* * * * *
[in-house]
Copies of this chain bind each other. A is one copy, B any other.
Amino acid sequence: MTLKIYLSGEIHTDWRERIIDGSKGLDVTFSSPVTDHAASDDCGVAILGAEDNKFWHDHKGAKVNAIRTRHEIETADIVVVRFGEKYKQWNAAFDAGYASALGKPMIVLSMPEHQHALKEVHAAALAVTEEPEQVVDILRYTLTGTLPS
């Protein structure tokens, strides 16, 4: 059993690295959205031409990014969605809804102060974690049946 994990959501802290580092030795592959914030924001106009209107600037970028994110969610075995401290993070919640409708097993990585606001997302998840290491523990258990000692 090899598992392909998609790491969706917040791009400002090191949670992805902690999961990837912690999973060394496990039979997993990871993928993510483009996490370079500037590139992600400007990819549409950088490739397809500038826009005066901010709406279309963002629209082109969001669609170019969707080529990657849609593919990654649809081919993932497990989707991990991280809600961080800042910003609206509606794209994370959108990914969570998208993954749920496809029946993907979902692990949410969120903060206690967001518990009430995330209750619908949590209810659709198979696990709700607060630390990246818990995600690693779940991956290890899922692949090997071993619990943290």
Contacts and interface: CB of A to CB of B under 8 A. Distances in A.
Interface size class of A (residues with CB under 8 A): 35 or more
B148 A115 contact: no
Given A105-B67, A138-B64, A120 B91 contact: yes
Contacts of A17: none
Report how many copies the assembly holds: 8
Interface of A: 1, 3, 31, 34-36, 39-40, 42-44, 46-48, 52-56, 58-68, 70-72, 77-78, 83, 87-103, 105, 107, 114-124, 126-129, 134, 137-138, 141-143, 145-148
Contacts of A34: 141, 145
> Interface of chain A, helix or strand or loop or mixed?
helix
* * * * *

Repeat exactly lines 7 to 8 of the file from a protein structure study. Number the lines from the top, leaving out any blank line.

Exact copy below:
B148 A115 contact: no
Given A105-B67, A138-B64, A120 B91 contact: yes